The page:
Gregor Blanco makes a difference with his defense.
The San Francisco Giants have had a relatively quiet, uneventful spring training. This is the type of spring that manager Bruce Bochy hoped for.
The Giants are dealing with a a few injury issues, which they hope will not be a lingering concern. Pablo Sandoval has a sore throwing arm, but should be able to return to action soon.
Relief pitcher Jose Mijares is on the shelf due to a sore elbow and he is likely to open the season on the DL.
Hector Sanchez is the biggest concern for the Giants at this stage of the spring. He came to camp overweight and in poor condition. Then, Sanchez developed calf and shoulder problems.
Sanchez has not played in several days and if he cannot get fully healthy soon, he will not be ready to open the season. Sanchez will need to get into shape and prove to manager Bruce Bochy that he's healthy and in shape.
Outside of these three issues, the Giants seem ready to open the season. The team is doing some fine tuning as April 1 is rapidly approaching.
Let's take a closer look at who is winning the Giants' spring battles. Stats are courtesy of baseball-reference.com
Chad Gaudin has thrown the ball well in the spring.
Chad Gaudin is a true journeyman as he hopes to enter the 2013 season with his 11th major league team. He broke into the majors in 2003 with Tampa Bay and has played for the Rays, Blue Jays, A's, Cubs, Padres, Yankees, A's again, Yankees again, Nationals and Marlins.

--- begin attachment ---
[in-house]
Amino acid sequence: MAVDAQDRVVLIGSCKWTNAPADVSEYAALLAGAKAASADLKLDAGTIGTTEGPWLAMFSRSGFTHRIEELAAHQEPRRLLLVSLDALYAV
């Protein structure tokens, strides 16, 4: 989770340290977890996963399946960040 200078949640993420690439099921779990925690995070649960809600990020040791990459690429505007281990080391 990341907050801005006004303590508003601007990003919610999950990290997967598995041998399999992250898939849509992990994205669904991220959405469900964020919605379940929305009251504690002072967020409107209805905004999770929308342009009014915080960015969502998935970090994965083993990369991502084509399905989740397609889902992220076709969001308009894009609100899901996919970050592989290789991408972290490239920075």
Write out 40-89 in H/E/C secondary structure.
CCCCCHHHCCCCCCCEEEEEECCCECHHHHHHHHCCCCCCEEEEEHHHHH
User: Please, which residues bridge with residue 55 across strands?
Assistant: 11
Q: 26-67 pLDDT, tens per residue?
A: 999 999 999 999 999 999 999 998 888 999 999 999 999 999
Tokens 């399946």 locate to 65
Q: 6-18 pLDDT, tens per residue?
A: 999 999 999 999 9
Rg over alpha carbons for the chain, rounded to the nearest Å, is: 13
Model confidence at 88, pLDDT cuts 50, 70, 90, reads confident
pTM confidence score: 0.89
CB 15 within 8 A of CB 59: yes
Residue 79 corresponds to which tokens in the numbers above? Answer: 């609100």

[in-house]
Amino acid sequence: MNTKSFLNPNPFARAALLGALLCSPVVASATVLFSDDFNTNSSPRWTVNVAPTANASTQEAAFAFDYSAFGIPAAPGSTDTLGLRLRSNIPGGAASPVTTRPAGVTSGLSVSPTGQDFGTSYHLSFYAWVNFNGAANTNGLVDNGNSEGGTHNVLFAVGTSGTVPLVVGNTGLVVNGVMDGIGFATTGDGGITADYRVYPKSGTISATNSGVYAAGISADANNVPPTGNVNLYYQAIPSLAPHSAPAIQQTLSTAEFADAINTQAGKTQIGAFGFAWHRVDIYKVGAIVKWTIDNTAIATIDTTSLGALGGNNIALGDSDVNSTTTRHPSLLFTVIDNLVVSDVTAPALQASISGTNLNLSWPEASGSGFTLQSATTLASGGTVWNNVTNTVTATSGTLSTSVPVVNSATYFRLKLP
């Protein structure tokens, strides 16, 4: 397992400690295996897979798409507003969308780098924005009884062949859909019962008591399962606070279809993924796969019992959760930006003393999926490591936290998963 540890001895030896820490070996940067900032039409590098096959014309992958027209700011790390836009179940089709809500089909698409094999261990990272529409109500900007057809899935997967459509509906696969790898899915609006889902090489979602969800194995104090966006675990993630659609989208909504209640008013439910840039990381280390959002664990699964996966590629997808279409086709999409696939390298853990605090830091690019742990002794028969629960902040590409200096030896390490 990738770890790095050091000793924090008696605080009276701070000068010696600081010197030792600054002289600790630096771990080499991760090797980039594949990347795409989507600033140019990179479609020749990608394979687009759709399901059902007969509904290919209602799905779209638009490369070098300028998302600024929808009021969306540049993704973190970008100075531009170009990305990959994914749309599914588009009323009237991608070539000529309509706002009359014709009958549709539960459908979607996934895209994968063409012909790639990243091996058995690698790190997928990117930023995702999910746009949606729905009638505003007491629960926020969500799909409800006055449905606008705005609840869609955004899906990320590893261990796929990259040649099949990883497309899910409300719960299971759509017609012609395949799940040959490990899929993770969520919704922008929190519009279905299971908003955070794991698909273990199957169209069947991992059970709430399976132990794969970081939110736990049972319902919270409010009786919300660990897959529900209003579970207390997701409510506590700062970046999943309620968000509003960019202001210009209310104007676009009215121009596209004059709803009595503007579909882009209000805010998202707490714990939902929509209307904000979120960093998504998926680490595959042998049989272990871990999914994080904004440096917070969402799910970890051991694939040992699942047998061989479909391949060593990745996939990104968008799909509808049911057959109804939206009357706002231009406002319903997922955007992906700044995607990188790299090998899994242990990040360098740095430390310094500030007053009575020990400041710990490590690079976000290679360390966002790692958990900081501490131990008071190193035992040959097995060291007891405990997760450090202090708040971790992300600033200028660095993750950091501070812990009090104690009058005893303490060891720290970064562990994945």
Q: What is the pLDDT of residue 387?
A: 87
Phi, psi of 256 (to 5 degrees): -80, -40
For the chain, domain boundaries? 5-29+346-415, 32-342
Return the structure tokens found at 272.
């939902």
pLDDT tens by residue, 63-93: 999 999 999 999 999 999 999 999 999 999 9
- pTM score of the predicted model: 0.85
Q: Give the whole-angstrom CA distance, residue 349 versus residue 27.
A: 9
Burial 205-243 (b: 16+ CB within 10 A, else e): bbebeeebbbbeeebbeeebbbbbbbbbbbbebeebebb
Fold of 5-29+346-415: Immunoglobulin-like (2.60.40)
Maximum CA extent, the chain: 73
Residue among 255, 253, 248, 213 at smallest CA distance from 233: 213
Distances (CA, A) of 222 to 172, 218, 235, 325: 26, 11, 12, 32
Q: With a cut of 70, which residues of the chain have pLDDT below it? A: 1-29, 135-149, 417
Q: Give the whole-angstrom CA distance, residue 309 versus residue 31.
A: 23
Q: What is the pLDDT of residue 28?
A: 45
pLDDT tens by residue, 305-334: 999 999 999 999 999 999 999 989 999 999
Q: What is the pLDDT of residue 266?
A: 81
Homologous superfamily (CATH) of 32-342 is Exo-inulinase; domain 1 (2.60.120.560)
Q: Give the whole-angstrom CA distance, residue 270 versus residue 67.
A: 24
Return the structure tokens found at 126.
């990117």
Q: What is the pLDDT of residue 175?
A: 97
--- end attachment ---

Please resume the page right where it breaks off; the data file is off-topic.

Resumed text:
Gaudin will be 30 years of age when the 2013 season opens and has experience as a starter and in relief. He has had a good spring, having appeared in seven games and working 12.1 innings.
Gaudin has allowed 13 hits and walked three, while striking out nine. Gaudin has allowed only three earned runs, for an ERA of 2.19. His WHIP is a solid 1.30.
At the start of spring training, the Giants had several candidates for the final bullpen job, including Heath Hembree, Jean Machi, Ramon Ramirez, Brett Bochy, Steve Edlefsen, Dan Otero, Shane Loux, Scott Procter and Yusmeiro Petit.
Gaudin has out-pitched the competition and has earned the job.
Dan Runzler will take over for Jose Mijares.
The injury to Jose Mijares has given Dan Runzler a clear path to win a relief job. Heading into the spring, the Giants planned to open the season with three left-handed relievers, Jeremy Affeldt, Javier Lopez and Jose Mijares.
However, Mijares has not been able to pitch for the past few weeks due to a sore elbow. Runzler has a great arm, but his lack of consistency and injury history have always held him back.
Runzler and the Giants hope that inconsistency and injuries are a thing of the past. If it is, Runzler may never relinquish his job to Mijares or anyone else.